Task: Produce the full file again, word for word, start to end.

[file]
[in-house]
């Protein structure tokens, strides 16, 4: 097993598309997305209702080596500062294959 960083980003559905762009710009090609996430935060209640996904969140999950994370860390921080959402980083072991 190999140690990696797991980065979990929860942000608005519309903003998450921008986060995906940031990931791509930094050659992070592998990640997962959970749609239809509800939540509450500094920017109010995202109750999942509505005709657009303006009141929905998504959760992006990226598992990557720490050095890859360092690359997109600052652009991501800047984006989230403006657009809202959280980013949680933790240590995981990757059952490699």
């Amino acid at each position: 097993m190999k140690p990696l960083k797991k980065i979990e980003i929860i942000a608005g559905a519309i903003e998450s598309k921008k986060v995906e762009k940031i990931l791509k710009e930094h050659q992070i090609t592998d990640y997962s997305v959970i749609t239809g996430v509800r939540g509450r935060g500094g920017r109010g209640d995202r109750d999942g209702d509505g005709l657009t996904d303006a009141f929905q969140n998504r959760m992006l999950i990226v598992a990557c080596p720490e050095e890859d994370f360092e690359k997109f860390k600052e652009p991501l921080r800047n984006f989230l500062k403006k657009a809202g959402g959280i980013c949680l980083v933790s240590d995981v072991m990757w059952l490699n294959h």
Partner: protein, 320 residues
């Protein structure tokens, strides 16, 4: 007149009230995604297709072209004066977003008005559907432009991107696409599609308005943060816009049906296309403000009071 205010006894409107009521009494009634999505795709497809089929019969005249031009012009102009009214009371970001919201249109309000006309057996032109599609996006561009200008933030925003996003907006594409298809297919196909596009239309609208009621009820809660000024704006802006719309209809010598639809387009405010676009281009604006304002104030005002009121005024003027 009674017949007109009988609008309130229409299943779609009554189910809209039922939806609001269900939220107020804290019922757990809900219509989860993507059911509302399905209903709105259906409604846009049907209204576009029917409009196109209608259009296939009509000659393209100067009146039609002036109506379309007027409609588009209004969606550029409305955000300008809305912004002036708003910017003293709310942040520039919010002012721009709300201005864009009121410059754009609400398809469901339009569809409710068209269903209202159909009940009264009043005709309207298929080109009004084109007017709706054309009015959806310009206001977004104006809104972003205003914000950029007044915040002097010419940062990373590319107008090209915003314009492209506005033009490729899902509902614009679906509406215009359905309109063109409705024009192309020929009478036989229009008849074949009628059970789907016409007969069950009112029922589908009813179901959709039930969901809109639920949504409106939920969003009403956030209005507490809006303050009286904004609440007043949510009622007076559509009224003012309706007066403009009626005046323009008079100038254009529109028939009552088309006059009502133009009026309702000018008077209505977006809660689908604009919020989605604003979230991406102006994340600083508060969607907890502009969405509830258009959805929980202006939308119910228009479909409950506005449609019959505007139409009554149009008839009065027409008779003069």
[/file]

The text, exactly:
[in-house]
């Protein structure tokens, strides 16, 4: 097993598309997305209702080596500062294959 960083980003559905762009710009090609996430935060209640996904969140999950994370860390921080959402980083072991 190999140690990696797991980065979990929860942000608005519309903003998450921008986060995906940031990931791509930094050659992070592998990640997962959970749609239809509800939540509450500094920017109010995202109750999942509505005709657009303006009141929905998504959760992006990226598992990557720490050095890859360092690359997109600052652009991501800047984006989230403006657009809202959280980013949680933790240590995981990757059952490699």
């Amino acid at each position: 097993m190999k140690p990696l960083k797991k980065i979990e980003i929860i942000a608005g559905a519309i903003e998450s598309k921008k986060v995906e762009k940031i990931l791509k710009e930094h050659q992070i090609t592998d990640y997962s997305v959970i749609t239809g996430v509800r939540g509450r935060g500094g920017r109010g209640d995202r109750d999942g209702d509505g005709l657009t996904d303006a009141f929905q969140n998504r959760m992006l999950i990226v598992a990557c080596p720490e050095e890859d994370f360092e690359k997109f860390k600052e652009p991501l921080r800047n984006f989230l500062k403006k657009a809202g959402g959280i980013c949680l980083v933790s240590d995981v072991m990757w059952l490699n294959h």
Partner: protein, 320 residues
């Protein structure tokens, strides 16, 4: 007149009230995604297709072209004066977003008005559907432009991107696409599609308005943060816009049906296309403000009071 205010006894409107009521009494009634999505795709497809089929019969005249031009012009102009009214009371970001919201249109309000006309057996032109599609996006561009200008933030925003996003907006594409298809297919196909596009239309609208009621009820809660000024704006802006719309209809010598639809387009405010676009281009604006304002104030005002009121005024003027 009674017949007109009988609008309130229409299943779609009554189910809209039922939806609001269900939220107020804290019922757990809900219509989860993507059911509302399905209903709105259906409604846009049907209204576009029917409009196109209608259009296939009509000659393209100067009146039609002036109506379309007027409609588009209004969606550029409305955000300008809305912004002036708003910017003293709310942040520039919010002012721009709300201005864009009121410059754009609400398809469901339009569809409710068209269903209202159909009940009264009043005709309207298929080109009004084109007017709706054309009015959806310009206001977004104006809104972003205003914000950029007044915040002097010419940062990373590319107008090209915003314009492209506005033009490729899902509902614009679906509406215009359905309109063109409705024009192309020929009478036989229009008849074949009628059970789907016409007969069950009112029922589908009813179901959709039930969901809109639920949504409106939920969003009403956030209005507490809006303050009286904004609440007043949510009622007076559509009224003012309706007066403009009626005046323009008079100038254009529109028939009552088309006059009502133009009026309702000018008077209505977006809660689908604009919020989605604003979230991406102006994340600083508060969607907890502009969405509830258009959805929980202006939308119910228009479909409950506005449609019959505007139409009554149009008839009065027409008779003069």